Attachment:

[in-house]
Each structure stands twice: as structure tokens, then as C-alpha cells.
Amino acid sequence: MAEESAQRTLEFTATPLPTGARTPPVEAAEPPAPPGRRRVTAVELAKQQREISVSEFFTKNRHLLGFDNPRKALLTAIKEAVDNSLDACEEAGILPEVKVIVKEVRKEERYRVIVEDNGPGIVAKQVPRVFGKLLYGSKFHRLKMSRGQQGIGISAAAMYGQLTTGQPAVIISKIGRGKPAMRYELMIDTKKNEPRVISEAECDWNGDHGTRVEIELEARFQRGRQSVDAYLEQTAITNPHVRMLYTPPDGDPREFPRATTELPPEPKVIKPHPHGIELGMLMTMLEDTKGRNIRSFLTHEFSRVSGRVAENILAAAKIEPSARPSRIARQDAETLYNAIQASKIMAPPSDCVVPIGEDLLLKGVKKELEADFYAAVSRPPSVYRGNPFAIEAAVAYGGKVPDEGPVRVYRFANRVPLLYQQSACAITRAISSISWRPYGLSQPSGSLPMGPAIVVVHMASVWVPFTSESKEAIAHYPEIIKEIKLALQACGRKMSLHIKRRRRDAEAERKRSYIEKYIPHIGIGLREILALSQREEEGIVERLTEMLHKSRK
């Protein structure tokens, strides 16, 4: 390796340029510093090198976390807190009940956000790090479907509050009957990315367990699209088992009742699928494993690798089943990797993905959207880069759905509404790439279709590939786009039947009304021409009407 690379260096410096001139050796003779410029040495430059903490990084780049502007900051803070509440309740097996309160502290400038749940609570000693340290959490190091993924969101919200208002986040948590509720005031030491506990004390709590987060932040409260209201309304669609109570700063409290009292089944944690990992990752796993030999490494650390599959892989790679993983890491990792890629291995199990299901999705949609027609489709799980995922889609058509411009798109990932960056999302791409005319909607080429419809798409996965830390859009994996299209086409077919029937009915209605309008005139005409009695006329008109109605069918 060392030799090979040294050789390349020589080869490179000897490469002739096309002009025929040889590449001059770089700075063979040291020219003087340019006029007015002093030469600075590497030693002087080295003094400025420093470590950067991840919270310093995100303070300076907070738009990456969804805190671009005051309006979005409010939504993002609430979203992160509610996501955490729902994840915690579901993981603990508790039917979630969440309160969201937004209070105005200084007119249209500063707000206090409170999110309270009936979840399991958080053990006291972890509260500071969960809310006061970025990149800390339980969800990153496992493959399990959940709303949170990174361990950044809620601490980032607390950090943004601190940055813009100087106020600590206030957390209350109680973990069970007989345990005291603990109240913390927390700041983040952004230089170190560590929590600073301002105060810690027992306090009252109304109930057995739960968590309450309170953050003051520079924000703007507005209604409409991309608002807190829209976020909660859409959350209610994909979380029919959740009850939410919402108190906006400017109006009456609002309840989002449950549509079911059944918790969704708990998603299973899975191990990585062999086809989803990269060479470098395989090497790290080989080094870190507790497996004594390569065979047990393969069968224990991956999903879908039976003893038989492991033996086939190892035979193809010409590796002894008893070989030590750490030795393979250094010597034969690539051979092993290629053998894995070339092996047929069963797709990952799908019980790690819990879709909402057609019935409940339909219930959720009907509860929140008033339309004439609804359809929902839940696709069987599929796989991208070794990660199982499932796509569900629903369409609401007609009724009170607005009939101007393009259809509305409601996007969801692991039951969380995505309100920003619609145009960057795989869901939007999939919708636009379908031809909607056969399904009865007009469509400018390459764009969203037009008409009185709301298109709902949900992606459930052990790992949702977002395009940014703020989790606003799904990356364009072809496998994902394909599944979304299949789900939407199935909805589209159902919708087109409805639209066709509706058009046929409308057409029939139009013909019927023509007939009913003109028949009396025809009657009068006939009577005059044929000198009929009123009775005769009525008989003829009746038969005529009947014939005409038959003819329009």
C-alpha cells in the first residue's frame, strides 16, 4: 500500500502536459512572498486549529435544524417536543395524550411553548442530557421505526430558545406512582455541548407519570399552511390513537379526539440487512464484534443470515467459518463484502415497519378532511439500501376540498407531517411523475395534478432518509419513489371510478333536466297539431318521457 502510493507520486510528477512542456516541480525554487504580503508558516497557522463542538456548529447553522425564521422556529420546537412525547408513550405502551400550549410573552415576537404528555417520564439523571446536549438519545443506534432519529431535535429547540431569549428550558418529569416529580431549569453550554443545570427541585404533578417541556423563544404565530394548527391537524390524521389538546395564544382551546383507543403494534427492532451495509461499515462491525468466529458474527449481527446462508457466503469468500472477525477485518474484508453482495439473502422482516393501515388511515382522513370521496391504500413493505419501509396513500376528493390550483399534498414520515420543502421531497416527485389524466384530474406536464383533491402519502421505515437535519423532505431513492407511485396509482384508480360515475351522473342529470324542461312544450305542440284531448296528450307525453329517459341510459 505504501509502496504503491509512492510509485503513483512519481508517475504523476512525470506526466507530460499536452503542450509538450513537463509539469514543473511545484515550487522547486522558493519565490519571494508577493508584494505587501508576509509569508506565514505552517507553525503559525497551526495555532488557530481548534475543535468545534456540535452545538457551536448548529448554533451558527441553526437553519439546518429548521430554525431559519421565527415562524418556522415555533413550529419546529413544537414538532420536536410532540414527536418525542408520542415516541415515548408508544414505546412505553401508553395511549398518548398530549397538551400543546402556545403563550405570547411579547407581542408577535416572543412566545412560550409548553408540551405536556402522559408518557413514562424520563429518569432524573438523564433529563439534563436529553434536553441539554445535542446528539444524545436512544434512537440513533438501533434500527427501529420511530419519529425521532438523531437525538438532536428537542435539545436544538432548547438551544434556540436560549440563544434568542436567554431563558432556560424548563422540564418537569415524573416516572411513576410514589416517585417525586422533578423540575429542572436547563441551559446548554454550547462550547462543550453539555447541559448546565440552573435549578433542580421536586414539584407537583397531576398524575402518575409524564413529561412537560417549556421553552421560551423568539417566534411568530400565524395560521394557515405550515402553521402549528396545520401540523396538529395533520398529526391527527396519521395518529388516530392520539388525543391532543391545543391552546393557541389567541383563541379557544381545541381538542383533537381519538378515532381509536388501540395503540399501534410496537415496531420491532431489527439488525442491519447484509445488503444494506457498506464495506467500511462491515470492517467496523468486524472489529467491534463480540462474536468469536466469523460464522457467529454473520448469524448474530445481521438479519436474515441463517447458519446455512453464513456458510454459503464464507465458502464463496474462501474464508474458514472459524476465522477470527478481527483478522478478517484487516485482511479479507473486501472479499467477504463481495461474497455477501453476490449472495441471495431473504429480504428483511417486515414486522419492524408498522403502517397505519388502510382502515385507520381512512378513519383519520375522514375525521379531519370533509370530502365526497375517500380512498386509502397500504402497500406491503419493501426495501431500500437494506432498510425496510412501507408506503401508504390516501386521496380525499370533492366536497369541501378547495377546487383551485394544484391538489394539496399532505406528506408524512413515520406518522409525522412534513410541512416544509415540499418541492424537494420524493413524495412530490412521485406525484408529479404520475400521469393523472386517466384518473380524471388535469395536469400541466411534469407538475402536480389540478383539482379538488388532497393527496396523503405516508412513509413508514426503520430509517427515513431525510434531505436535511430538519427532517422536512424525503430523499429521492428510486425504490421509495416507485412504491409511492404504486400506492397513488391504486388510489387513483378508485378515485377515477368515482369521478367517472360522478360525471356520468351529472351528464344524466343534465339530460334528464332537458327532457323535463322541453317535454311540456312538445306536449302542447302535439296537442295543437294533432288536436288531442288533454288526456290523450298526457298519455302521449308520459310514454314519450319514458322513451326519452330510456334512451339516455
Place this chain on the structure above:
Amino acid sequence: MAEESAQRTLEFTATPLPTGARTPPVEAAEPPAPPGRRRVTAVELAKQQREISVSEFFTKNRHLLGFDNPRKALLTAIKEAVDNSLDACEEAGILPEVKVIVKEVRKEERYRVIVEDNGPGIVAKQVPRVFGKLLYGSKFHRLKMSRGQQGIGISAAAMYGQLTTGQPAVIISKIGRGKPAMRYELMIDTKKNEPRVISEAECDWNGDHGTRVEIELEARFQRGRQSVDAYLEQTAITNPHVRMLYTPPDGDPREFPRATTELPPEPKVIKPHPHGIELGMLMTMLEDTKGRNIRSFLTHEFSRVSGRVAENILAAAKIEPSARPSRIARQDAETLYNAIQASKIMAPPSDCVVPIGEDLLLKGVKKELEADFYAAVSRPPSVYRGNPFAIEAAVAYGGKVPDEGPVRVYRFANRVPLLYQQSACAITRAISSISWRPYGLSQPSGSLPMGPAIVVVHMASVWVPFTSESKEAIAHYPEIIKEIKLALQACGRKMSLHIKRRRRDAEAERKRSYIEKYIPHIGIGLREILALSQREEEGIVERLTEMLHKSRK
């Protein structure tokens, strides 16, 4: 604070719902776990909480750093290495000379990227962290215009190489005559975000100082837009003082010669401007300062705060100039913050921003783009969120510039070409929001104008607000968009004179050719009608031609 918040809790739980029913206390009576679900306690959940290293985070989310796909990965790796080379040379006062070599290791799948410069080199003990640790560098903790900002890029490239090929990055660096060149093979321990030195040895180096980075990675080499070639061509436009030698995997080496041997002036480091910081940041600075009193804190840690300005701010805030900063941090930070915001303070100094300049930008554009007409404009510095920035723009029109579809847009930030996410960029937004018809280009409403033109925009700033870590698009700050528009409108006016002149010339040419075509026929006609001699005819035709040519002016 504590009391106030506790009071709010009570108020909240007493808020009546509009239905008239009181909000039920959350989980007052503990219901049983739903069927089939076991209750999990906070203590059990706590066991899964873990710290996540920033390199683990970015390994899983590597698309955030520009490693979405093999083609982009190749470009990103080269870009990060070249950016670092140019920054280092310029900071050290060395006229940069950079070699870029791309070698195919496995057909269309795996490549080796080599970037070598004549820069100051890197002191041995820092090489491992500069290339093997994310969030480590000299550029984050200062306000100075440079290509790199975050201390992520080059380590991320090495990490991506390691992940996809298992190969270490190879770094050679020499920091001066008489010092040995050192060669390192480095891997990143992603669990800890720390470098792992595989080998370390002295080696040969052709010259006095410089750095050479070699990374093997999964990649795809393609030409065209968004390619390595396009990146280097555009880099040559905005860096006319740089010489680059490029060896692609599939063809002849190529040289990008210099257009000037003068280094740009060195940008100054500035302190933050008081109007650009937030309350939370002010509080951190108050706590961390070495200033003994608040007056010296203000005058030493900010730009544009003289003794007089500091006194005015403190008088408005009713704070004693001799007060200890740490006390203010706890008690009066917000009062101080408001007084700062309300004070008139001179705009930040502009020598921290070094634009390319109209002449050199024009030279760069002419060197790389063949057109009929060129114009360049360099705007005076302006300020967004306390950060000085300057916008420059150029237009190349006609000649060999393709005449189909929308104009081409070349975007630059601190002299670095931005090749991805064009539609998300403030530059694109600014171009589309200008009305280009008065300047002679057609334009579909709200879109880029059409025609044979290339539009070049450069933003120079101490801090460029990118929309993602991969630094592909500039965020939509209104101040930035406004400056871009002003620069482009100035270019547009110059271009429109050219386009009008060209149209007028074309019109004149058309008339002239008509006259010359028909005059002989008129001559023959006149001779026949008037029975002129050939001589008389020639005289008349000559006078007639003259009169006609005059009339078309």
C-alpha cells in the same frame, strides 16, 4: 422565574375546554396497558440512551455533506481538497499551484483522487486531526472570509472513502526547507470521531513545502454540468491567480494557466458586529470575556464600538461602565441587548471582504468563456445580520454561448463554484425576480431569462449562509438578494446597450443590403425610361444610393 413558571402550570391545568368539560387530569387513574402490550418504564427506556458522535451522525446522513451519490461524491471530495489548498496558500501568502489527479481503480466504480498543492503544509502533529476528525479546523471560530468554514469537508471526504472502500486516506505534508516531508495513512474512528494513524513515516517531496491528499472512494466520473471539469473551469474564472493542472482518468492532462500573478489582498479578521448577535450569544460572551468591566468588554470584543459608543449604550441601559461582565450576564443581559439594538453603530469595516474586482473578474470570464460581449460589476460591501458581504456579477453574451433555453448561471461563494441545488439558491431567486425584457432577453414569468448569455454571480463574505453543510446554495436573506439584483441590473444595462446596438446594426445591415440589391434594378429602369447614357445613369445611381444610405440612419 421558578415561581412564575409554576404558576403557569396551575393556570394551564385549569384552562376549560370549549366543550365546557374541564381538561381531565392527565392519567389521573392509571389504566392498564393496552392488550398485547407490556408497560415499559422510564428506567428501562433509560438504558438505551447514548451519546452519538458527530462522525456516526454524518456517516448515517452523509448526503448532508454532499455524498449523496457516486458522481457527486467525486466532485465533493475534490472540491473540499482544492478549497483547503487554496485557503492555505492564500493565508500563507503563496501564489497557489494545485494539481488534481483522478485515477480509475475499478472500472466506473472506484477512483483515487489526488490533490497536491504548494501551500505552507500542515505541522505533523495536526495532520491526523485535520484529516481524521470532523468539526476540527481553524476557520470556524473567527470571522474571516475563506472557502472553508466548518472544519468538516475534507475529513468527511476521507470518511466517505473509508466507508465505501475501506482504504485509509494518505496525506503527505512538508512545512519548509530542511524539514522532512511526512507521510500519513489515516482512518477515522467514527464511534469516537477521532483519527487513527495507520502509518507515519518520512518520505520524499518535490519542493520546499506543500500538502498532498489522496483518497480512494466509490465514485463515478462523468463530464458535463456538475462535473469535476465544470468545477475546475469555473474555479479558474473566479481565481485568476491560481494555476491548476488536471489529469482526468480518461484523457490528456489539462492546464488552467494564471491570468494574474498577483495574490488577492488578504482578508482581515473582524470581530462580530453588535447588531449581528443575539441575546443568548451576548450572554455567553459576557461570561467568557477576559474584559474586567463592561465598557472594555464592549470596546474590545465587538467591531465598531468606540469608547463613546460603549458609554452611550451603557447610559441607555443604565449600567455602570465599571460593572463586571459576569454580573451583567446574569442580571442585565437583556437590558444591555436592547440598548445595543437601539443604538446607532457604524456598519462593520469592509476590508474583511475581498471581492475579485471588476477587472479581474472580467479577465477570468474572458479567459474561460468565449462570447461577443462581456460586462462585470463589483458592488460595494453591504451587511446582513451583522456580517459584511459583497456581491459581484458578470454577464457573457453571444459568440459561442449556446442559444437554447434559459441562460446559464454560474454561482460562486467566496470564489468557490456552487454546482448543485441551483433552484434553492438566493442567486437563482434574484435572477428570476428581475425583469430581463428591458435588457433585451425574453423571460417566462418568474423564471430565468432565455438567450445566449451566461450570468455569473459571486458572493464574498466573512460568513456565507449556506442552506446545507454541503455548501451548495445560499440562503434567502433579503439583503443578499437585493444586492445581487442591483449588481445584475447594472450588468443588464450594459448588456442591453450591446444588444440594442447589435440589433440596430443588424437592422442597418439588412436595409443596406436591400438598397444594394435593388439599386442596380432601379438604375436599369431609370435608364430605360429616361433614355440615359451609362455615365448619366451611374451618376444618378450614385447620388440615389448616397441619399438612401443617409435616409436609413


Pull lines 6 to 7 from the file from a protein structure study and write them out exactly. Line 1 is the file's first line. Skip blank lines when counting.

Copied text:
Place this chain on the structure above:
Amino acid sequence: MAEESAQRTLEFTATPLPTGARTPPVEAAEPPAPPGRRRVTAVELAKQQREISVSEFFTKNRHLLGFDNPRKALLTAIKEAVDNSLDACEEAGILPEVKVIVKEVRKEERYRVIVEDNGPGIVAKQVPRVFGKLLYGSKFHRLKMSRGQQGIGISAAAMYGQLTTGQPAVIISKIGRGKPAMRYELMIDTKKNEPRVISEAECDWNGDHGTRVEIELEARFQRGRQSVDAYLEQTAITNPHVRMLYTPPDGDPREFPRATTELPPEPKVIKPHPHGIELGMLMTMLEDTKGRNIRSFLTHEFSRVSGRVAENILAAAKIEPSARPSRIARQDAETLYNAIQASKIMAPPSDCVVPIGEDLLLKGVKKELEADFYAAVSRPPSVYRGNPFAIEAAVAYGGKVPDEGPVRVYRFANRVPLLYQQSACAITRAISSISWRPYGLSQPSGSLPMGPAIVVVHMASVWVPFTSESKEAIAHYPEIIKEIKLALQACGRKMSLHIKRRRRDAEAERKRSYIEKYIPHIGIGLREILALSQREEEGIVERLTEMLHKSRK